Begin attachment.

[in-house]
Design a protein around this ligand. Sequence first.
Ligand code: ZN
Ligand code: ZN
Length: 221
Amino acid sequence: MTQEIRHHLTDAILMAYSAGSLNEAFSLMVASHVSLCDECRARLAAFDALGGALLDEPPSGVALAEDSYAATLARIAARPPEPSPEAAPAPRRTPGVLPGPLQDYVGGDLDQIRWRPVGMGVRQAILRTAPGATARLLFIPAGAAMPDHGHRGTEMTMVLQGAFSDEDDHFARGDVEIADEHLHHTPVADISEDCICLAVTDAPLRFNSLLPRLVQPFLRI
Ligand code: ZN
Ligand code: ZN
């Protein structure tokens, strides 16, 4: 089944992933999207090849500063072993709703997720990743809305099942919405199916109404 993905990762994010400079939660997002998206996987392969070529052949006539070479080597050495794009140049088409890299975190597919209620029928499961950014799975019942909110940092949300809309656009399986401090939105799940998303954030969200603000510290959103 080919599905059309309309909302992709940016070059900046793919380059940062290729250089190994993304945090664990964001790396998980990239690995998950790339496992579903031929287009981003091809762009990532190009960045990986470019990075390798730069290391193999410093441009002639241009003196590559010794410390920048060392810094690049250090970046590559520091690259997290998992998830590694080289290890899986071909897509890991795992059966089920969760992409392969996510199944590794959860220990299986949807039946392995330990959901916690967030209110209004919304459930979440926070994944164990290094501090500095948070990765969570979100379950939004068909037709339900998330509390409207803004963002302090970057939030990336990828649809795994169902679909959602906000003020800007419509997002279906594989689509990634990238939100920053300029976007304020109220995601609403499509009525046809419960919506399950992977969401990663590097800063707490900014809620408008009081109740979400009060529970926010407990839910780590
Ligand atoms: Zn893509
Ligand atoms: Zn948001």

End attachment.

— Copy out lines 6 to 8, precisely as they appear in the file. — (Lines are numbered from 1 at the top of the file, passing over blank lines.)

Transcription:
Amino acid sequence: MTQEIRHHLTDAILMAYSAGSLNEAFSLMVASHVSLCDECRARLAAFDALGGALLDEPPSGVALAEDSYAATLARIAARPPEPSPEAAPAPRRTPGVLPGPLQDYVGGDLDQIRWRPVGMGVRQAILRTAPGATARLLFIPAGAAMPDHGHRGTEMTMVLQGAFSDEDDHFARGDVEIADEHLHHTPVADISEDCICLAVTDAPLRFNSLLPRLVQPFLRI
Ligand code: ZN
Ligand code: ZN